- Rate Power: 1200W
- Rate Voltage: 220v
- Rate Frequency: 50HZ
- Made Temperature: 70-250degree
- Capacity: 12L
- Save time cooking large meals with this Electric Oven
- This Electric Oven lets you do more cooking at the same time
- Automatically power-off protection
- Features door nonstick interior coating and easty-to-use dials for cooking function temperature and time
- Short-circuit electronic security devices, more convenient and safe for you to use
- Versatile capabilities and sleek styling make this Electric Oven a real must-have for your kitchen
- Electric Oven is great for families
- With extra-large capacity, this Electric Oven lets you do more cooking at the same time. Plus, its Precise Temp baking system provides even, consistent cooking for foolproof meals
- This Meat Electric Oven features nonstick interior coating and easty-to-use dials for cooking function temperature and time
- Versatile capabilities and sleek styling make this Kitchen Electric Oven a real must-have for your kitchen
- Short-circuit electronic security devices, the Electric Oven is more convenient and safe for you to use
- Pull off dinner parties with ease, this Electric Oven is great for families, so what are you still waiting for
About Electric Ovens:
An electric oven includes the oven for baking or roasting and often also has a stove or range on top for cooking using pots and pans. Until the 1890s, all ovens were powered by wood, coal or gas. When visitors saw the new electric oven at the World's Fair in Chicago in 1893, they were not too impressed. First, few people knew about this new technology called electricity. Second, very few homes across the United States even had electric wires in their homes. it took to the early 1930s before the electric stove became "hot" and more popular than the gas oven.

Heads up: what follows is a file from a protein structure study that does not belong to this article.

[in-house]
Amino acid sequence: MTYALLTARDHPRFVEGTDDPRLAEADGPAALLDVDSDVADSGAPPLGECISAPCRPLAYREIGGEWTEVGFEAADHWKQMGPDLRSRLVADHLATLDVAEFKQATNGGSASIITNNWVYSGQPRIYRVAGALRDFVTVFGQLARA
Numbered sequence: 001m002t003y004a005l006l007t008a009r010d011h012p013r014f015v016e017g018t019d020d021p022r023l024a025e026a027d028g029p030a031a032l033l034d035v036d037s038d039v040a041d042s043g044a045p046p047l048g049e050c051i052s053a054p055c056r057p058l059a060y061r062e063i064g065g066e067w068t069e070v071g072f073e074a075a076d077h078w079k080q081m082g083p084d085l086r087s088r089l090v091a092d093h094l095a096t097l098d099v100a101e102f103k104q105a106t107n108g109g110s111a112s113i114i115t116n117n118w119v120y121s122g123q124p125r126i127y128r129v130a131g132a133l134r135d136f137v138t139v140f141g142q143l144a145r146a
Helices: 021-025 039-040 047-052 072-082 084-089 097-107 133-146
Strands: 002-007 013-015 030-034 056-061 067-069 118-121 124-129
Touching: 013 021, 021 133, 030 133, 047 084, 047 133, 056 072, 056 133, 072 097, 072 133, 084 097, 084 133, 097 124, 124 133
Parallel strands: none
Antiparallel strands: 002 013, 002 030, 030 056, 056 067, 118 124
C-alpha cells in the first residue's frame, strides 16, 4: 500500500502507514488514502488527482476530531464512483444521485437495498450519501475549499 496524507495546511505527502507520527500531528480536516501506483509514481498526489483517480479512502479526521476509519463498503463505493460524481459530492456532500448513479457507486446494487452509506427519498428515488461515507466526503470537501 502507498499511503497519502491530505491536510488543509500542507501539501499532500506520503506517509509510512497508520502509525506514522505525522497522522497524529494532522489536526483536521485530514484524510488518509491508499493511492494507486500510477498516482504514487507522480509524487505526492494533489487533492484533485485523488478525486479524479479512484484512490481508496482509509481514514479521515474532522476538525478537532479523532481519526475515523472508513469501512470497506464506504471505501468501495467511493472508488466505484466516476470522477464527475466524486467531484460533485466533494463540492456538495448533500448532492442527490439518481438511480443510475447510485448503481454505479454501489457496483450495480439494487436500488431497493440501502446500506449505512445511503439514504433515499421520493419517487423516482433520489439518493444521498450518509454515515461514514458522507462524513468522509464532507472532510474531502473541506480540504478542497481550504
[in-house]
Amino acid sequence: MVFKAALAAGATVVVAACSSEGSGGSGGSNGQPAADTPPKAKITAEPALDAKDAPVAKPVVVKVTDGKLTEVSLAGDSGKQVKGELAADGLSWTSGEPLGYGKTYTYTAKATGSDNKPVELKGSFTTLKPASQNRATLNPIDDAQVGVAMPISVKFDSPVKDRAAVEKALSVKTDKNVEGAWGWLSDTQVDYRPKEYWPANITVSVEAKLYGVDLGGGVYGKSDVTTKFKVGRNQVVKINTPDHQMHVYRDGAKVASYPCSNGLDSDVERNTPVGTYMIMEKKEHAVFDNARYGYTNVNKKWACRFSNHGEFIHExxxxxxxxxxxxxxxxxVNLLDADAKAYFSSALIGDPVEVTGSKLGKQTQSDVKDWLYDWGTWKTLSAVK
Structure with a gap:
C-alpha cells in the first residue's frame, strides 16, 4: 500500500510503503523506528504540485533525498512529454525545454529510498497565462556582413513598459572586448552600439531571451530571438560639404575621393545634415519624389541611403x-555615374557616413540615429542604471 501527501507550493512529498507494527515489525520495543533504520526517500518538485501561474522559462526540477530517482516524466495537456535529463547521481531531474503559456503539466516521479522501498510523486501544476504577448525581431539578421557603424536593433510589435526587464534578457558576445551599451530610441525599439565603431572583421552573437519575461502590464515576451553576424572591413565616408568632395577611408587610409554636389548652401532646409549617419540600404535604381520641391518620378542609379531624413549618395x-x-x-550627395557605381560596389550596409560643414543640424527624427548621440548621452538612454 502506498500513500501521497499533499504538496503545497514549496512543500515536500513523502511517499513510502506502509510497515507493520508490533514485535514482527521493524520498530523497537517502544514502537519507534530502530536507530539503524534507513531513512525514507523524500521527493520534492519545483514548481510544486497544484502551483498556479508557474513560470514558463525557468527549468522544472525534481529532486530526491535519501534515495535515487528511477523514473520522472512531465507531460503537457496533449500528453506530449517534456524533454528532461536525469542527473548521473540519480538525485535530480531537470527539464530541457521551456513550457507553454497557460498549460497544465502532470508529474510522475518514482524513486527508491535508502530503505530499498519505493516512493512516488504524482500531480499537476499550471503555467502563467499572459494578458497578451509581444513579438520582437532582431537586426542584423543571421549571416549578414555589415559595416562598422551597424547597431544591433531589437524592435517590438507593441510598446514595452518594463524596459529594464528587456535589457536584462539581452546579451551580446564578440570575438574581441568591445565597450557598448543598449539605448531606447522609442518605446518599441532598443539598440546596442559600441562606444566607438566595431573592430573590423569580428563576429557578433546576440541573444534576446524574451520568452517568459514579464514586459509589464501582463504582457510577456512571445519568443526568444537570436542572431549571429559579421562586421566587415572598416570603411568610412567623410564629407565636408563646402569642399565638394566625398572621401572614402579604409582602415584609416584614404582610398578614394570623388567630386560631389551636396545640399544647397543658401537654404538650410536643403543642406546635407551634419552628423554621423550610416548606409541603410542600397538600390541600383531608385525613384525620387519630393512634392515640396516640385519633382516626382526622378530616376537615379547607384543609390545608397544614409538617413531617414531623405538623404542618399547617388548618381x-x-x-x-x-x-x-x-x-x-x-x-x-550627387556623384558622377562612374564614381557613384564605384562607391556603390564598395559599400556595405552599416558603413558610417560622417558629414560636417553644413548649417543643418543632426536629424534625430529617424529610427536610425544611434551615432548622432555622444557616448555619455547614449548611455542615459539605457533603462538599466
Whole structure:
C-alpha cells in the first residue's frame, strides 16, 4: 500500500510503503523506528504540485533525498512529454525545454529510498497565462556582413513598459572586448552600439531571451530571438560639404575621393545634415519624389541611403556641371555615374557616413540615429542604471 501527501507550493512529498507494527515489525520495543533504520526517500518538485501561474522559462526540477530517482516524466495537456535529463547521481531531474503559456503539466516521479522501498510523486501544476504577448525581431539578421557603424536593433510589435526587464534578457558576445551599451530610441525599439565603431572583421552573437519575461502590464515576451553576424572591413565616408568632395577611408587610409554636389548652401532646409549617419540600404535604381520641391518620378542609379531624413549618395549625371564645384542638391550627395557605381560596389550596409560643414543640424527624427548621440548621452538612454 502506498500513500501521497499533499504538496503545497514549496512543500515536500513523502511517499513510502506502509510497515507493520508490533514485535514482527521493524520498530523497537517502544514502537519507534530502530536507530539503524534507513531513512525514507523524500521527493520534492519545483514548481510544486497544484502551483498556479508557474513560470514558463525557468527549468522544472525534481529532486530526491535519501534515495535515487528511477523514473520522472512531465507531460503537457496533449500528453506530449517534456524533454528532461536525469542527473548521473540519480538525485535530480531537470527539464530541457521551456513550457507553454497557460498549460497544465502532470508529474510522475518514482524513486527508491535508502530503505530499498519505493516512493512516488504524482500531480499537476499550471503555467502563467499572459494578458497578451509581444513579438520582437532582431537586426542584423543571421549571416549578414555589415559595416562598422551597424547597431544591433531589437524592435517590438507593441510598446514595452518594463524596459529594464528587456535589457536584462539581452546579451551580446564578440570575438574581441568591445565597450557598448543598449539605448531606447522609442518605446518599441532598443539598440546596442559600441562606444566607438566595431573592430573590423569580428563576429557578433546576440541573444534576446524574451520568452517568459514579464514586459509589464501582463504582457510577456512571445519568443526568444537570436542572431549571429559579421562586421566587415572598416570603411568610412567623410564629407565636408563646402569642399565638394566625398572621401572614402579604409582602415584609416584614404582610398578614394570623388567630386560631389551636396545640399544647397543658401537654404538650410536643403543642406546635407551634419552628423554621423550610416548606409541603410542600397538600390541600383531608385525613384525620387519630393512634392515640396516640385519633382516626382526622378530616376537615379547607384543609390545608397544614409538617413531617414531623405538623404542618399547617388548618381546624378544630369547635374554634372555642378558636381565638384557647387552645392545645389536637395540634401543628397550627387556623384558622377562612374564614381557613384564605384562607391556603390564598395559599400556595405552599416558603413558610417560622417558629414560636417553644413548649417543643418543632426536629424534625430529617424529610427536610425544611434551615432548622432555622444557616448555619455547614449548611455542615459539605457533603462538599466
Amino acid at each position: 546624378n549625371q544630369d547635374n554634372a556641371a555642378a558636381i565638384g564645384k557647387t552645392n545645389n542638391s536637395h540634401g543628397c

- First Stoves
- The electric stove at the Chicago World's Fair was only one of the first of its kind at the end of the 1800s and the beginning of the 1900s. It is believed that the first electric stove was installed in a hotel in Switzerland in 1889. The first electric stove for cooking meals in American homes was produced by Carpenter Electric Heating Manufacturing company in 1891. All of the electric stoves until this time were either black or brown with oven doors made from white enamel. In 1922, a customer asked Hotpoint for an all-white porcelain stove, and the white stove was born.
- Different Models
- Now, almost a century later, the combination electric stove and oven comes in many different colors, models and prices with a variety of features, such as a self-cleaning mode, variable broil settings, automatic interior lighting and auto-shutoff. Clocks, easy-glide racks, timers, and digital controls are also becoming popular. The ovens fit the many different kitchen designs, cooking styles and budgets of the 21st century consumer.
- Oven Location
- The first electric ovens were plugged directly into the wall. Today, they are usually built into a kitchen cabinet or under a counter with another electric oven or microwave to save space or provide additional oven capacity in the room. The stove or cooktop is usually above the oven. Kitchens are laid out in a number of ways according to different cooking styles and kitchen designs.
- Oven Size
- The width of the electric oven depends on the size of the kitchen. The most common size is 30 inches wide. Others come in 24, 27 and 36 inches in width. The largest oven, the 36-inch model, needs a fairly large kitchen. These ovens are normally put in new homes or renovated kitchens.
- Convection ovens
- Many people buy convection ovens, which add a fan and, at times, an extra electric element. The fan makes the hot air circulate better and allows for more even baking, as well as the opportunity to cook several racks of baked goods at one time. Convection ovens also enhance the browning of meats and poultry. Sometimes, the convection and microwave systems are combined into one so that cooking time is greatly reduced.